In 2011, Byrd and the congregation of St. Katherine’s Episcopal Church in Williamston, Mich., created and launched Forster Woods Adult Day Center, a facility that ministers to persons living with dementia and other physical and mental disabilities.

“This is a charismatic, pastoral prophet in our struggling but essential Episcopal Church,” Taylor said of Byrd. “I hope you heard him at our convention in November. He works hard to identify and cultivate the leadership that our church needs in this time. And every time I’ve had the blessing of talking to him, because of the magic of the kind of ministry he has, I always end up feeling more optimistic about the church, even a little bit better about myself, and therefore newly resolved to do the best I can.”

The Rev. Guy Leemhuis, vicar of St. Luke’s, La Crescenta, offered greetings on behalf of the H. Belfield Hannibal chapter of UBE which, along with the program group, has been offering Black church worship opportunities across the diocese.

Bishop John Harvey Taylor welcomes the congregation. He also introduced Ron Byrd, who delivered the sermon.

“We are just so excited to see our numbers growing and to see the Black church experience revitalized in our diocese,” added Leemhuis, who said additional gatherings are planned for 2024. “Because, if not here, then where? This is L.A. and L.A. is home to the largest number of people of African descent, second only to Kings County, New York. “So we need to act like we know who’s here, and we need to come out.”

There is a longing in this country, and even in the world, for the skills necessary to be a drum major, like broad shoulders and a loud voice, Byrd said.

Echoing King’s Aug. 28, 1963, speech on the steps of the Lincoln Memorial during the March on Washington, Byrd said, “There’s an urgency of this moment.

“In today’s climate, where so much negativity abounds, where justice can often be determined by one’s zip code, race, or gender, we often find ourselves at odds with the very notion of civility and discourse. White supremacy has a drum major. White supremacy continues to unfold.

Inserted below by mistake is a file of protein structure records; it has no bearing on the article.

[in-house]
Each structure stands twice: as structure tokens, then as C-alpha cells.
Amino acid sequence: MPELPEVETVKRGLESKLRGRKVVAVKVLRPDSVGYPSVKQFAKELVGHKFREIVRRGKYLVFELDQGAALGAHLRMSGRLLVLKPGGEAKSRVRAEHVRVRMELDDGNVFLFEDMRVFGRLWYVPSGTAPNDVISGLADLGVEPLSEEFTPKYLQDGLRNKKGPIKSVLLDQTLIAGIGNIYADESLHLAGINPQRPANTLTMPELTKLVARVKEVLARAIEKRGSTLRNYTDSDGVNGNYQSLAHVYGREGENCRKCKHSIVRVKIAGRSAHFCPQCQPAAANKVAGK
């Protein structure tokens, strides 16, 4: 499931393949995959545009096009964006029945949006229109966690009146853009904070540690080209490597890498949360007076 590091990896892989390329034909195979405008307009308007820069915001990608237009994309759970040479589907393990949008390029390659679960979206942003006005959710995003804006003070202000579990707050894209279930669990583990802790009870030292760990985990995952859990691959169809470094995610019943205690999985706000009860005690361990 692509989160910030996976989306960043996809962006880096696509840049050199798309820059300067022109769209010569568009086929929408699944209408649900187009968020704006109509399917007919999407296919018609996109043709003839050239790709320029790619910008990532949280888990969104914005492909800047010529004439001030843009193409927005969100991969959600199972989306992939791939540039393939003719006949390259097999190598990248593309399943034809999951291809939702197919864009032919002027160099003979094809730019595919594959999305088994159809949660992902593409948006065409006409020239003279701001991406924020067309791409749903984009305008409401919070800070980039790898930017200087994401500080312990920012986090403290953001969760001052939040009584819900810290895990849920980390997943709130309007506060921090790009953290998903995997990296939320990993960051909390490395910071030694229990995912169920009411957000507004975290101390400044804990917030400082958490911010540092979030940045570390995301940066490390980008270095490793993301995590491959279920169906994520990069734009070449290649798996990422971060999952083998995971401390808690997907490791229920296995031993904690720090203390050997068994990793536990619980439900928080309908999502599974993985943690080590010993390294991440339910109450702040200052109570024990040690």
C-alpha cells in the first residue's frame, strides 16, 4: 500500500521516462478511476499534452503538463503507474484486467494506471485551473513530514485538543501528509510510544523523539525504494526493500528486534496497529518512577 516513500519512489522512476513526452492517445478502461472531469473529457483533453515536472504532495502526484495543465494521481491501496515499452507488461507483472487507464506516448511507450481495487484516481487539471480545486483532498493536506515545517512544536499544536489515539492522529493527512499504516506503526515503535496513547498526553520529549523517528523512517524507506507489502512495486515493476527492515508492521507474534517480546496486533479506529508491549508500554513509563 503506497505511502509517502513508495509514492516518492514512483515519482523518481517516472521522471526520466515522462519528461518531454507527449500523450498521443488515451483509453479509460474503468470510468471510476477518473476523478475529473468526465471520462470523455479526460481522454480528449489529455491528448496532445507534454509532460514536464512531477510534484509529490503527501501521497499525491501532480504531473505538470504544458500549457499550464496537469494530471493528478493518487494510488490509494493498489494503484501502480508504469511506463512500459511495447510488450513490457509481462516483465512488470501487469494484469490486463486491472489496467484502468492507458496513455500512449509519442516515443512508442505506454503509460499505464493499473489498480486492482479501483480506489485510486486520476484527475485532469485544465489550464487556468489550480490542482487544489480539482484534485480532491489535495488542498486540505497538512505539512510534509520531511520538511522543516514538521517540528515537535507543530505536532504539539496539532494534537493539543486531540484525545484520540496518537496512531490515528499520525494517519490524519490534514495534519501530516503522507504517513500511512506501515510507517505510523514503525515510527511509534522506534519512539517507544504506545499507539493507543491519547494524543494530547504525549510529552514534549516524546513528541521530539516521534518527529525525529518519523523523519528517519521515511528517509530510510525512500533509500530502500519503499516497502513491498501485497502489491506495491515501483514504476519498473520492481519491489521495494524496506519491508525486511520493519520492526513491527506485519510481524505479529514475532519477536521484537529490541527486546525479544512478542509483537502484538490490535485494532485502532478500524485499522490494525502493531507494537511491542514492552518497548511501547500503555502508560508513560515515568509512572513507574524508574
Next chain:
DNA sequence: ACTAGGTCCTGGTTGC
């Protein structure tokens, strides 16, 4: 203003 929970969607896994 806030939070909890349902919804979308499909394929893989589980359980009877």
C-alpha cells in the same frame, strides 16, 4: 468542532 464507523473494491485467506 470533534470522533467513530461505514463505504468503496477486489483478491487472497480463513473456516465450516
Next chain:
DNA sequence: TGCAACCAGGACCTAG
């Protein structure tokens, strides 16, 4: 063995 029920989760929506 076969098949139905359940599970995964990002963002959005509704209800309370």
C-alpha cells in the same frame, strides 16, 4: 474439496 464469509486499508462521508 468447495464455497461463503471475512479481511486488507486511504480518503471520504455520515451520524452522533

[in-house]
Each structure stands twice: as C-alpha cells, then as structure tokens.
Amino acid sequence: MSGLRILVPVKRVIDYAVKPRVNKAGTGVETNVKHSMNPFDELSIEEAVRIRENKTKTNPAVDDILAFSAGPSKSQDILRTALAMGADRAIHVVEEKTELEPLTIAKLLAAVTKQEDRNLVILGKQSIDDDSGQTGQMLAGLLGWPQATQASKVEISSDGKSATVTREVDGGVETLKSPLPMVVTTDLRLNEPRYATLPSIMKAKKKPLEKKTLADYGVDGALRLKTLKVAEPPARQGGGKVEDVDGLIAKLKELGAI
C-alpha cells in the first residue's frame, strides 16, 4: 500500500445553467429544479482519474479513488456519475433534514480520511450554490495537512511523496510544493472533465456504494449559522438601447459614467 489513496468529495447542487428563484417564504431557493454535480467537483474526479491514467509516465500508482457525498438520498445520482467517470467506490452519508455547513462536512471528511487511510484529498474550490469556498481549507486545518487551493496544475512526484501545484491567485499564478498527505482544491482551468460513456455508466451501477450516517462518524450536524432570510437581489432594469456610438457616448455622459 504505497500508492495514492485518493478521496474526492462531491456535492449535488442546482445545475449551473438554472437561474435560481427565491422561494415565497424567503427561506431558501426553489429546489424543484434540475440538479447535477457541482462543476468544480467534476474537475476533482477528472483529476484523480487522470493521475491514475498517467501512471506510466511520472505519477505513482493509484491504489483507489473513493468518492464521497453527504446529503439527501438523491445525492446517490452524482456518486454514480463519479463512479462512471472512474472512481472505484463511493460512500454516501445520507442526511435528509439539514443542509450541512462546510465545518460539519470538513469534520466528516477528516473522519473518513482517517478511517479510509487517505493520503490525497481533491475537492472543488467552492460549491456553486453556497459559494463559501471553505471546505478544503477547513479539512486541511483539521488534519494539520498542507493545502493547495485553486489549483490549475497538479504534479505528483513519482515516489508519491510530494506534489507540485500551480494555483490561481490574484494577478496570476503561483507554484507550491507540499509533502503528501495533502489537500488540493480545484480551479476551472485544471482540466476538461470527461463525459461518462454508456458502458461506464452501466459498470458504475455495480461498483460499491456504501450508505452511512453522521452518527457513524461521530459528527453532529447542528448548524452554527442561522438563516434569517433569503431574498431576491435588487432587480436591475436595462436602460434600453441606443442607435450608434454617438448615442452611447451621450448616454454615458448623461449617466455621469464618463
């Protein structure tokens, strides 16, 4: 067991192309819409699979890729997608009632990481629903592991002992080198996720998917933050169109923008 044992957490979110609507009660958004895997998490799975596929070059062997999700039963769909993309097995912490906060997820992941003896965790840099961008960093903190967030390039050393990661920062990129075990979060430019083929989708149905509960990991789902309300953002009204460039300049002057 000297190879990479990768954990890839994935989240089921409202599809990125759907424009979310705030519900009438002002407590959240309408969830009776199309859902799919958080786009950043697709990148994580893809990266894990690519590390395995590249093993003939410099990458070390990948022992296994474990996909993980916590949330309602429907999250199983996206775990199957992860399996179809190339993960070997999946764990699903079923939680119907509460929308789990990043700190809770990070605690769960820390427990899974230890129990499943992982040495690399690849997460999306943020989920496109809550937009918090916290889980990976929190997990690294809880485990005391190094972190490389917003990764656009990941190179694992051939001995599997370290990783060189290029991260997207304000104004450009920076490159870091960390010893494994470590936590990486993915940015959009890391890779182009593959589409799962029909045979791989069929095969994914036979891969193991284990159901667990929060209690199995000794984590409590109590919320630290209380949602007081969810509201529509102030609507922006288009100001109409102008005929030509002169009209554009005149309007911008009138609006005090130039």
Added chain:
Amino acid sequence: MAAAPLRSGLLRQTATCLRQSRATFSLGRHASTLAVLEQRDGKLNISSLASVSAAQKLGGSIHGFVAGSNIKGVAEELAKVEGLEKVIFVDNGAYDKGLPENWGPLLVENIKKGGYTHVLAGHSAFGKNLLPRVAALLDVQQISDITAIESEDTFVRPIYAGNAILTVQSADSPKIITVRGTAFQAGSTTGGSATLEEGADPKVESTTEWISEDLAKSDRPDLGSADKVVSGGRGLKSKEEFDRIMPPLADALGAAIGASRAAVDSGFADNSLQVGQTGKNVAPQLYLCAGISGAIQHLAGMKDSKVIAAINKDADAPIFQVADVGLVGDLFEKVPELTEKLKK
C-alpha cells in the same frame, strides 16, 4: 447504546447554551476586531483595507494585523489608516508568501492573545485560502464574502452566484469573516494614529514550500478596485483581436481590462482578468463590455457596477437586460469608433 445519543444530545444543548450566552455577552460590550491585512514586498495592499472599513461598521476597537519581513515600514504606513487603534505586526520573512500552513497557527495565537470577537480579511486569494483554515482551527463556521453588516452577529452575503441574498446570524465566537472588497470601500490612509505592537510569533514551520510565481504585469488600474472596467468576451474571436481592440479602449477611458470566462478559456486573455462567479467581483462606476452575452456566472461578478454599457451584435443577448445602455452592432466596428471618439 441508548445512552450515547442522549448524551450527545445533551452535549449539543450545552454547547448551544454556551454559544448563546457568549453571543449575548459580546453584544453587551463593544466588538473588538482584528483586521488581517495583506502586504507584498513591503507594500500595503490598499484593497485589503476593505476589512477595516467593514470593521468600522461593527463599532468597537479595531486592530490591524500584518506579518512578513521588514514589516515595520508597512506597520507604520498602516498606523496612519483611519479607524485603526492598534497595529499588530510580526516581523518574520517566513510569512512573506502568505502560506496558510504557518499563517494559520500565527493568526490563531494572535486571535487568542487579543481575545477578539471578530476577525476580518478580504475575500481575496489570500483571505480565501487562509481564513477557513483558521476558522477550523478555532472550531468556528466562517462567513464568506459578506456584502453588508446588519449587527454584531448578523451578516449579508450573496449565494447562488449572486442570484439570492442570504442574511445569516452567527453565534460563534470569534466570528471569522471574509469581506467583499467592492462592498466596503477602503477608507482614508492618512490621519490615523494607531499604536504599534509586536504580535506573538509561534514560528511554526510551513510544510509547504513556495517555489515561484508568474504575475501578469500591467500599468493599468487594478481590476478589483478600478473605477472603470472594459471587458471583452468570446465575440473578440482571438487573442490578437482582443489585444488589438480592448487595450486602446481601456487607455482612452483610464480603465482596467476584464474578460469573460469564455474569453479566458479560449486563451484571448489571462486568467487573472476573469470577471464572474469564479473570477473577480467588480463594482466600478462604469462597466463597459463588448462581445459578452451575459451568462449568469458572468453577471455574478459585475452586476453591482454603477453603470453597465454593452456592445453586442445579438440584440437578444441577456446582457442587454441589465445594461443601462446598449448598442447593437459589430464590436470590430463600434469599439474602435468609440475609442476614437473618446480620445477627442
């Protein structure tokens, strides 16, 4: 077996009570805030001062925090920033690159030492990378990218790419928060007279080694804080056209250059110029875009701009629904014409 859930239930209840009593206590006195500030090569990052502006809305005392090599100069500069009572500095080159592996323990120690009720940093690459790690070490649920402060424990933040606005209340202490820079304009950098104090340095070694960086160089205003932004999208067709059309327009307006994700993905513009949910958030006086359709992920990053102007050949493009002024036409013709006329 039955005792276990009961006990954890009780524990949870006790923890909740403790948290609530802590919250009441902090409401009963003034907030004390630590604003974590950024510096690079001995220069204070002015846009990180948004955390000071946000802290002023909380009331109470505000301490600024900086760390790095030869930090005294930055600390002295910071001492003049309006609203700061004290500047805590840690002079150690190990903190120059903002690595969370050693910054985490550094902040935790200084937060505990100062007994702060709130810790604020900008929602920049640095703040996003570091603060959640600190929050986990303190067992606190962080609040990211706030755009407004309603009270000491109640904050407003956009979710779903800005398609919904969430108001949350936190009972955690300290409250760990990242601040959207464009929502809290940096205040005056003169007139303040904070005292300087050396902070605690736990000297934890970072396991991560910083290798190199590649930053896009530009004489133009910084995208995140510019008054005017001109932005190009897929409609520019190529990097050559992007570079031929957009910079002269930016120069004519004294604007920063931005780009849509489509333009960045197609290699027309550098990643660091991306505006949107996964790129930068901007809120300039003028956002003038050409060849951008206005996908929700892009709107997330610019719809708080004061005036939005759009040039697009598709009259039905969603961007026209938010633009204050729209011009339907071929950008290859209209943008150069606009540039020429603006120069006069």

Keith West and Canon Jamesetta Hammons lead the prayers of the people.

“Which, incidentally, to my mind, manifests in what we call or hear called the MAGA movement —misdirection, seeds of division, dividing our country, our people, dividing and defining folks along racial lines, ethnic groups, social economic status, cultural values and yes, based on the color of their sin and not the content of their character,” he said. “We desperately need a drum major for justice and peace.”

Adding that “we’re in the hope business,” Byrd said it is urgent to take up King’s mantle. St. Paul in the sixth chapter of Ephesians, he said, offers a prescription for the challenges faced today. Putting on the whole armor of God, the belt of truth, the breastplate of righteousness, the helmet of salvation, the sword of the spirit, “which is the word of God with us.”

Linda Broadous-Miles, mezzo soprano, and The Episcopal Chorale perform “Oh How Precious.”

“This is not about one against the other; it’s about uniting,” Byrd said. “It’s about coming together and being a drum major under a common purpose for the grace and the wellbeing of all God’s people. Let us continue to dream the dream that King dreamed.

“Get your feet ready with the gospel of peace. Oh, how beautiful are the feet that preach and proclaim the gospel of peace, believing God is capable and able and will do more than we can ask or imagine, that God will do what is impossible. But we gotta work for God.”

Oliver Mackenzie of St. Mary’s Church, Laguna Beach, reads a Prayer for Peace written by Kay Sylvester, rector of St. Paul’s Church in Tustin.

Service participants included, from left, Deacons Jamesetta Hammons, Dominique Piper and Margaret McCauley; priest-in-charge Judy Baldwin; Bishop John Harvey Taylor; Canon Ronald Byrd; and Guy Leemhuis, vicar of St. Luke’s of the Mountains, La Crescenta.